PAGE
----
- In large pot put in all the pie filling ingredients, stir continually, till apples are 2/3 cooked
- Pour pie filling into a baking dish; remember to leave room for the topping
2 cups old fashion oats
1 ¼ cups whole wheat flour or whole wheat pastry flour ( use rice flour for gluten free)
½ teaspoon salt
½ cup corn oil
1/3 cup water
1 C walnuts or pecans – chopped
6 -8 dates – pitted, chopped
Directions Topping Crust:
- In mixing bowl combine oats, flour, salt, oil and water, mix thoroughly
- Add in nuts and dates and mix well
- Sprinkle topping crust over pie filling
- Bake for 30 -40 minutes. Keep checking that the topping does not burn
by Amy Adams
Are you struggling with a particular aspect of performing? Whether you feel stuck by a major roadblock or just want a new perspective on an old problem, this regular column offers advice from a fellow performer who has been there before.
I have to do an emotional dance with a person who I have no connection with personally (and don’t particularly like). Is there any way I can have a great performance with a person who I don’t have a great relationship with? -Unenthusiastic on Stage
Wow, this is a tough one however, the answer is ‘yes’. As a performer our job is to focus first and foremost on conveying the story. Communicating emotions is not always easy to achieve with someone we don’t typically work very well with. The times I have faced this, I try to take myself out of the situation emotionally and focus on the physicality of what said “connection” would look like. When our internal connection to a piece is strong it is always much easier to achieve a powerful performance. We will not always be gifted with the knowledge and ability to easily connect with every piece or partner. One way you can overcome your aversion to this person is to change your perspective and focus on the things that you appreciate about your partner. Maybe you love his form, or technique, whatever it may be. Find a way to pull focus on the things you do like. If you say,”What if there are none?” you may be a bit unrealistic in your perspective.
As a professional performer it then becomes your job to not focus on the things that are in the way of you doing what you are hired to do. So if you would like to do this as a profession take the time to empower yourself and say that this task of connecting for the sake of the performance is something that you will learn from and grow from to be a more effective performer in the future. I also strongly encourage you to imagine a connection with your partner, and visualize said connection for the stage. Never forget that you are storyteller and the story you are telling is above all far more important than your personal opinion of your partner.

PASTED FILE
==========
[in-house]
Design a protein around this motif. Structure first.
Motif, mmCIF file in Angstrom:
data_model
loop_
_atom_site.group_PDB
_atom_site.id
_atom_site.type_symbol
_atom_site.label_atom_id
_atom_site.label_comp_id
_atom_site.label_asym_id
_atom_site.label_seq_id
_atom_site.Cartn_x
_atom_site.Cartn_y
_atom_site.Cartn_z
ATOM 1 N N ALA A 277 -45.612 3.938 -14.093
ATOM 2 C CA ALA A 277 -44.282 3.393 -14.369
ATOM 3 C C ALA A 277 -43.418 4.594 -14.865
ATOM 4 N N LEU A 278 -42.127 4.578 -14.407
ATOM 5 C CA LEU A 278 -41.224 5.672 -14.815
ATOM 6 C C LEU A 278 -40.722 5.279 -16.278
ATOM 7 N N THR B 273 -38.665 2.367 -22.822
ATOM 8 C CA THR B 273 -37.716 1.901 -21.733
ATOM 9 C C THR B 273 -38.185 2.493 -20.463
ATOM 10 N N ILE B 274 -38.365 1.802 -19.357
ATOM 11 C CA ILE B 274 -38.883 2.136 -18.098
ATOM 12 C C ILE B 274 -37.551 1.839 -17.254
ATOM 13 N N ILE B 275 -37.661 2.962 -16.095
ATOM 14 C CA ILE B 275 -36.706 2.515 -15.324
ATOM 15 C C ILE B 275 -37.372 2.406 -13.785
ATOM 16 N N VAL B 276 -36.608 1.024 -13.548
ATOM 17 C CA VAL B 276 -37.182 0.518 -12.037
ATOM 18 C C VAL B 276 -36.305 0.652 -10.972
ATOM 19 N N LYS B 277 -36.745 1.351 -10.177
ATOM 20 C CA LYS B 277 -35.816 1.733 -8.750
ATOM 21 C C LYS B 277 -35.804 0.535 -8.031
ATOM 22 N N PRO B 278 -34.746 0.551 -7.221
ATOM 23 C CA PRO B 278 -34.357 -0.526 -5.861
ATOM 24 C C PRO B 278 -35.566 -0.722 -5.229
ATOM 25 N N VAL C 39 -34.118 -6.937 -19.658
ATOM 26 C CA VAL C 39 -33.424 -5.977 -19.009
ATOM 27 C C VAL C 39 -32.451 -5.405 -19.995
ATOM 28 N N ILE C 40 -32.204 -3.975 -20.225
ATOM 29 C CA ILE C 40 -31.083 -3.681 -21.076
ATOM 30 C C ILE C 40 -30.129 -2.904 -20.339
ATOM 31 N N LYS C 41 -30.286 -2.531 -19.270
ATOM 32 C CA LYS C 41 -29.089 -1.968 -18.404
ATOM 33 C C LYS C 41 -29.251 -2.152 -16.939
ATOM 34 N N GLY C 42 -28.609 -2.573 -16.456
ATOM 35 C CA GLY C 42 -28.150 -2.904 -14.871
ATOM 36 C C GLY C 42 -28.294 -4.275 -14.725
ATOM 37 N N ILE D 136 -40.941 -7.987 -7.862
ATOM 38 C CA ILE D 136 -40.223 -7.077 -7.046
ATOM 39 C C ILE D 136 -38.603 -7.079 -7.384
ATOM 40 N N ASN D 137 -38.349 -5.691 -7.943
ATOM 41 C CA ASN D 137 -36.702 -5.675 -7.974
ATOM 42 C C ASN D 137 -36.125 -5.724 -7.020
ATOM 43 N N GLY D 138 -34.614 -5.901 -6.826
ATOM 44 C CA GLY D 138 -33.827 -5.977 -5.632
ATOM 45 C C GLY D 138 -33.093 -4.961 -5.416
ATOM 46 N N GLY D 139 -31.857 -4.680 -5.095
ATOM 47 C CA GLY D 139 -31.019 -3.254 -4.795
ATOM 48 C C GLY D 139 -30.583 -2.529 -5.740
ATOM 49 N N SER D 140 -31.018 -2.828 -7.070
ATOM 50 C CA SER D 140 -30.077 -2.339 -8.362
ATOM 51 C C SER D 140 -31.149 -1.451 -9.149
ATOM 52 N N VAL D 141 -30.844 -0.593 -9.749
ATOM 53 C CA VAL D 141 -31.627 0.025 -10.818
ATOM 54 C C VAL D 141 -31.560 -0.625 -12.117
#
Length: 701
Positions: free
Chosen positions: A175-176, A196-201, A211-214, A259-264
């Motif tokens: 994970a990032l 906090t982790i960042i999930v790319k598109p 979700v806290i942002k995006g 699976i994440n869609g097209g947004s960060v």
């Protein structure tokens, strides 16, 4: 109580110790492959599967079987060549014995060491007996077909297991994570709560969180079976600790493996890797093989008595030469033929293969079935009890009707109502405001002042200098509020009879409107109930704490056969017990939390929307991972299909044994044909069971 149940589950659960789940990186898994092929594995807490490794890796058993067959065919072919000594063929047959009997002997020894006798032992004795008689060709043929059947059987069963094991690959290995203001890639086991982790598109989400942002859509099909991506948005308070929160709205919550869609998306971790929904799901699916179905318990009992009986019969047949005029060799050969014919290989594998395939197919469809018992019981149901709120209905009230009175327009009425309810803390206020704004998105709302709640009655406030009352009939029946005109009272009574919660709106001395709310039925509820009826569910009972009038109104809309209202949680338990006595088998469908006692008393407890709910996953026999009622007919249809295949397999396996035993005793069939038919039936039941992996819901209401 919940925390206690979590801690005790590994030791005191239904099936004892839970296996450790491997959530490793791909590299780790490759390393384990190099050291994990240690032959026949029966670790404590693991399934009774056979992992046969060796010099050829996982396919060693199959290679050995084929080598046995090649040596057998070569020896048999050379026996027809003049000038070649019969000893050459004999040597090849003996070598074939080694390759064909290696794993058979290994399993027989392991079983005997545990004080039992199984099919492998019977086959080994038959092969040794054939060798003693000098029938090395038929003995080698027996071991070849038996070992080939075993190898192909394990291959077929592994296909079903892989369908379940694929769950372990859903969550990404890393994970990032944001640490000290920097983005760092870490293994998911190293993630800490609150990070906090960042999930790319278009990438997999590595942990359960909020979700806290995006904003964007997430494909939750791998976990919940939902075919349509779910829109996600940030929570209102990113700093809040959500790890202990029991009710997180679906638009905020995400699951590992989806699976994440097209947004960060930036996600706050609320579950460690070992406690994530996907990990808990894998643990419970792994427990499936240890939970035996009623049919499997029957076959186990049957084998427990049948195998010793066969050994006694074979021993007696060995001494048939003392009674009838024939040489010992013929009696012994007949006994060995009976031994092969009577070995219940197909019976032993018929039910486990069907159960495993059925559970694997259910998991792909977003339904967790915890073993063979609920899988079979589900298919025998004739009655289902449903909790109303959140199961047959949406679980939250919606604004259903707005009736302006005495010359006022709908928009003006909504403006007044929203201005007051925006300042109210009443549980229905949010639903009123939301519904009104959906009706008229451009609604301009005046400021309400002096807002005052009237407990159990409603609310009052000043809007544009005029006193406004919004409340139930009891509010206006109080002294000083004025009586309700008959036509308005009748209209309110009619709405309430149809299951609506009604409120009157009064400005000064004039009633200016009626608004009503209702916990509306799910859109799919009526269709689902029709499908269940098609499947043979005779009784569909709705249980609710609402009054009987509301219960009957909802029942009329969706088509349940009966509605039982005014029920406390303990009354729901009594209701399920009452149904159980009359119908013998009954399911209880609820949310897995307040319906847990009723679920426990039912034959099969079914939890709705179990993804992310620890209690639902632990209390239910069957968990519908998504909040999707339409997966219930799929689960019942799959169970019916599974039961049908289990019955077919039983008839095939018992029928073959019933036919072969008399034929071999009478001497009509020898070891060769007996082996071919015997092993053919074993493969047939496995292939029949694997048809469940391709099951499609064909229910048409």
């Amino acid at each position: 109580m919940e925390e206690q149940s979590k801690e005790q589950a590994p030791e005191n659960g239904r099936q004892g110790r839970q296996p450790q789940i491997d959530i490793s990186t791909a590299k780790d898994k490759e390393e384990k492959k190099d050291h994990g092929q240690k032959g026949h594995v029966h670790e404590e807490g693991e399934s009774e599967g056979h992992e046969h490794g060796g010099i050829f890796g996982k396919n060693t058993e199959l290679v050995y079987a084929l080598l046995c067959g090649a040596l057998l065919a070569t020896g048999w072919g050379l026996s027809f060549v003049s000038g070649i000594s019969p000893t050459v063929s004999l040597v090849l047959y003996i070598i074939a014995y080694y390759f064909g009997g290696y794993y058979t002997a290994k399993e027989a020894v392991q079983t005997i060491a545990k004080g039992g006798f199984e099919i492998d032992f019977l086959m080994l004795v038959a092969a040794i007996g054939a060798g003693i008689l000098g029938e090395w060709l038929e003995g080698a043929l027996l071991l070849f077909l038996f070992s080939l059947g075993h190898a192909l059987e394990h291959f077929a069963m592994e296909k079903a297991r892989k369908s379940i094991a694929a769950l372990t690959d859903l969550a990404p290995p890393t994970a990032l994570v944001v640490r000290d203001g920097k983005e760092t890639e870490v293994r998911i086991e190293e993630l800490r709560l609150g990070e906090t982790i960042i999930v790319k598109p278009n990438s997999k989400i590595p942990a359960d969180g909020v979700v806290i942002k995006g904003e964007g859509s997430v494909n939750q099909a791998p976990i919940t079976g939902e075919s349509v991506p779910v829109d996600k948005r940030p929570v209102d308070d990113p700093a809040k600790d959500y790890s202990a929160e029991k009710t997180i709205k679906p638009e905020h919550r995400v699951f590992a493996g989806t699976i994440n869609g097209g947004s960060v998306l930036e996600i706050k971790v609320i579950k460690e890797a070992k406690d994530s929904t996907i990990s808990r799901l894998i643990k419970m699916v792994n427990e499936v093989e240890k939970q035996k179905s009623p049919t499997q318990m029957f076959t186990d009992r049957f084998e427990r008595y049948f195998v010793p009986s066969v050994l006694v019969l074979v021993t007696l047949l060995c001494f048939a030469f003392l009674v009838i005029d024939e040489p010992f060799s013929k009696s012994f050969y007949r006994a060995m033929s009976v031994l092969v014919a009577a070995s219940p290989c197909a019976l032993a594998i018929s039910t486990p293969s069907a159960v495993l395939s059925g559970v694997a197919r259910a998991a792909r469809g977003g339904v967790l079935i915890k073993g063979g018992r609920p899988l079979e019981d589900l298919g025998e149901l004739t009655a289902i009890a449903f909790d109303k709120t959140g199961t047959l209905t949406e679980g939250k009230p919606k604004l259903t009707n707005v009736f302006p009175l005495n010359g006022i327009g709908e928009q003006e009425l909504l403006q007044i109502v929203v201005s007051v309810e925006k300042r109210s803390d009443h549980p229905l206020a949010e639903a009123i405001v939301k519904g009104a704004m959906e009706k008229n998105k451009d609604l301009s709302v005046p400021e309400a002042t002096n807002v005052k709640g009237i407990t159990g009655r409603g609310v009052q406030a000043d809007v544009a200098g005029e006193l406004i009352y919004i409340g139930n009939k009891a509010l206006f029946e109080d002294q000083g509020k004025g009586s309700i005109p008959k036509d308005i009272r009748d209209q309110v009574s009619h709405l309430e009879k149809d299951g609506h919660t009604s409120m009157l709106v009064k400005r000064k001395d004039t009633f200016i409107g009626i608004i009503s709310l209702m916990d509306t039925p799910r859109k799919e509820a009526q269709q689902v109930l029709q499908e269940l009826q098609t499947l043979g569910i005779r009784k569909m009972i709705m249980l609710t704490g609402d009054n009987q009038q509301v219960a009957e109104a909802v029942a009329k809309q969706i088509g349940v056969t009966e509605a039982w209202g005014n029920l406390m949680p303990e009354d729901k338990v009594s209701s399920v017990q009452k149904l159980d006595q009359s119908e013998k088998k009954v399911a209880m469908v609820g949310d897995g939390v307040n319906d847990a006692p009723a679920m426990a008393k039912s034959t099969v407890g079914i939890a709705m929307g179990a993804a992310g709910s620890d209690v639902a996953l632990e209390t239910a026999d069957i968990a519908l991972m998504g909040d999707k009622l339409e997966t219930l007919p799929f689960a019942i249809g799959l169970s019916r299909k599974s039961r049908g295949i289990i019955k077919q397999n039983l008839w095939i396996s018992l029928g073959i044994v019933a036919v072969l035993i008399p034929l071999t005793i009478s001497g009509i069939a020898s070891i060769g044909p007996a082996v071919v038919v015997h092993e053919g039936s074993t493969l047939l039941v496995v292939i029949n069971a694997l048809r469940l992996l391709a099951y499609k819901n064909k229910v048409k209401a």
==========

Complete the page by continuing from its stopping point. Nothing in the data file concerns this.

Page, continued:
Social media is evolving. No longer just a way to communicate with friends and share photos, it has become an important tool that allows dancers to take control of their careers, expose themselves to a much larger fan base, and shape the way they are perceived by the world. A dancer with a well-developed online presence that reads like a resume, shows dedication, and personality, is much more likely to be cast over a similarly skilled dancer with no or poor online presence.
For better or worse, when you walk into an audition room, you’ve already been “Google’d”. It is up to you as a performing artist to build and shape your online presence in a fun a professional way that is uniquely YOU!
Think of your profile as your portfolio or resume. Share where you are studying, what you are working on, where you are performing, and who you are working with. Share with your followers your goals and share when you achieve them. Look at your profile as a whole. Does it accurately account for your dreams and accomplishments? Casting directors and company directors WILL look at these profiles. What does yours say about you?
Your profile should be professional, yet show your personality. Ask yourself: What is your unique message? What would YOU like to share with the world about dance? Be clear about that message and align your posts with it. Then, among those professional photos and updates, add the occasional behind-the-scenes moment that allows your followers into your world for a brief moment. What makes the dancers we most admire so endearing is that they are candid without being overly personal. What dancers do you admire? What performances have you seen and loved? What is your pre-performance meal? Share it!